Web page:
-> Step #4. Keep deadlines in mind
The sooner you send your pitch about breaking news, the better. About one-third of the sites are very news-oriented; some are even the tops in their field in covering breaking news, Schlack says. It’s critical to keep them aware of news as it happens. Other sites are more focused on providing practical advice.
TIP: All of the sites should have a list of specific tips they are focusing on or learning materials, reference materials, guides to new technologies, etc. If you can’t find it on the site, contact the Site Editor and ask for it.
-> Step #5. Email the Site Editor or News Editor
Email is the best way to reach editors and writers. But Schlack suggests sending pitches to the Site Editor if you’re unsure whom to send it to. If there is no Site Editor, send it to the Editorial Director. If your pitch is breaking news, the News Editor is your best bet.
For a listing of all the editors and writers for each group and each site go to: http://www.techtarget.com/html/ed_index.htm
For tips on working with the editorial staffs go to: http://www.techtarget.com/html/ed_workwith.htmPitch an Expert: 3 Tips
Most sites offer some sort of practical advice -- tips, Q&As and blogs -- about the applications of certain technologies and software or how to get specific outcomes.
If you think you have a good expert for these sites, here are three tips:
-> Tip #1. There are no specific guidelines
The only thing that’s really necessary: An expert must have demonstrated expertise, which includes authoring a book or proven blog readership, etc.
“We like … people who do field work,” Schlack says. “Typically, for us, people who are really great are people who work for resellers or systems integrators … and they’re out doing implementations with many different kinds of customers so they get a broad perspective.”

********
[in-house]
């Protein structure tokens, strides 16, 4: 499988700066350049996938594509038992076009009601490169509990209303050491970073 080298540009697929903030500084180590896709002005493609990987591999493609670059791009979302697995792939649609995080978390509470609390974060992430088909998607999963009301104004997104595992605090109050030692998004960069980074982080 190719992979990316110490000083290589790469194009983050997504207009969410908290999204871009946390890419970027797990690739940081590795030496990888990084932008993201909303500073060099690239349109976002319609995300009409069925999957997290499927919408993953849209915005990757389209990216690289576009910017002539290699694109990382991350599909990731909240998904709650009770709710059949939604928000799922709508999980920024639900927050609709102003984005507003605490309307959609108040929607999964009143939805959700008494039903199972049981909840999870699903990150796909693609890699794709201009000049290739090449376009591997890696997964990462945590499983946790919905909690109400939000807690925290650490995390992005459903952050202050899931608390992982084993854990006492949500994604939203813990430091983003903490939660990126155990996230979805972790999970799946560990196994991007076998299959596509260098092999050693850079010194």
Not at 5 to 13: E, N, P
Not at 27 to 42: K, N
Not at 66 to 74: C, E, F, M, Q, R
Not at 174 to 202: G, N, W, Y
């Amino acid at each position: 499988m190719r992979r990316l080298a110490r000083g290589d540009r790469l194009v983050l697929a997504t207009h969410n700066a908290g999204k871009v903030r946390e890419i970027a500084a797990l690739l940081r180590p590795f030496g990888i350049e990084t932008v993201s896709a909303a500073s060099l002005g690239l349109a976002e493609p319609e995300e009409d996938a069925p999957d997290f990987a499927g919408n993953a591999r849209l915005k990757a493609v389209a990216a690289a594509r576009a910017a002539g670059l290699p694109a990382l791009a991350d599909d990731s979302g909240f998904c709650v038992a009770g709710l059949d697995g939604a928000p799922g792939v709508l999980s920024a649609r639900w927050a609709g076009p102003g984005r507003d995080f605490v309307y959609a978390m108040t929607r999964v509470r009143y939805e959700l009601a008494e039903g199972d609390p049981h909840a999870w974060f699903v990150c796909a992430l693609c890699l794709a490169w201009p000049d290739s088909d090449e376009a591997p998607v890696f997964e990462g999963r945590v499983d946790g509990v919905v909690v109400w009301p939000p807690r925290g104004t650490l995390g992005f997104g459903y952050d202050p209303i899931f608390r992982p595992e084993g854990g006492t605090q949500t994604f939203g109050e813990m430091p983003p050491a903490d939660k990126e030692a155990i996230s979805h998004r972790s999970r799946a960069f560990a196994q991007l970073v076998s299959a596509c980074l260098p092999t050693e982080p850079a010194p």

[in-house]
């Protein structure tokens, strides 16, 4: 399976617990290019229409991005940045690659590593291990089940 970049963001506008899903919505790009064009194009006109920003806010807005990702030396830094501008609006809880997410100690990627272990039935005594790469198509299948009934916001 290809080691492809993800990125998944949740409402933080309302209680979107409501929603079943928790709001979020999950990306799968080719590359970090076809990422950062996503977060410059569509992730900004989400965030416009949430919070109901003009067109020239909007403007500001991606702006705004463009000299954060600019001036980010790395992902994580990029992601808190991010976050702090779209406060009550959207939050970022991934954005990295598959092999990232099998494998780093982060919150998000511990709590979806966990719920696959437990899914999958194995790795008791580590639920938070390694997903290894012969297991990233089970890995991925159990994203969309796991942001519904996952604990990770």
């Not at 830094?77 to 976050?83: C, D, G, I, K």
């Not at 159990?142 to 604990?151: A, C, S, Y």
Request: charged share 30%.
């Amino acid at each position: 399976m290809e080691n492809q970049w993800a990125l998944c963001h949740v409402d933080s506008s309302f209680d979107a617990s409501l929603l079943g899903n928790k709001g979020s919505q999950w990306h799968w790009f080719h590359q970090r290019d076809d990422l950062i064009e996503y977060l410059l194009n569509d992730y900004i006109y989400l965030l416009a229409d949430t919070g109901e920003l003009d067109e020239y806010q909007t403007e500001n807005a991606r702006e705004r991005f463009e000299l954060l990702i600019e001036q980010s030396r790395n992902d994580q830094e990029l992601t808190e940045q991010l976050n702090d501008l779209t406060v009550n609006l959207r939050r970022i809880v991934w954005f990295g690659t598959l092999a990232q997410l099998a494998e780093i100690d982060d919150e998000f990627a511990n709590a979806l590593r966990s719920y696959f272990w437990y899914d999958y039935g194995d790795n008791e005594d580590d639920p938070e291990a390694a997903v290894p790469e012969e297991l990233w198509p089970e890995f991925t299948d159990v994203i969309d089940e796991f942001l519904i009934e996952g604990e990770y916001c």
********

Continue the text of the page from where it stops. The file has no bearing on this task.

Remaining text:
-> Tip #2. It’s OK to work for a vendor
As long as the expert is in the field, it’s okay. Marketing managers should not pitch themselves as experts. Consultants are welcome, especially if they are employed to work with customers on site and they see the ways a technology is used and the problems that arise.
-> Tip #3. Be willing to blog
Blogging is the way to write these days, especially since blogs are favored by TechTarget readers. Blogging have pretty much replaced columnists, Schlack says.Where to meet Schlack and his staff
Editors accept briefings with vendors, Schlack says. Briefings can be scheduled through email. TechTarget also produces a few large conferences and several one-day seminars, which editors and writers usually attend.
You probably don’t need to talk to Schlack unless you’re really lost. “I’m not the traffic cop. I would be the person to talk to about some matter of policy. I don’t typically do briefings with vendors.”Useful links related to this article
TechTarget’s websites (including conference websites):
CIO and IT Management group:
Data Center group:
Windows and Distributed Computing group:
Application Development group:
Enterprise Applications group:
Vertical Software group: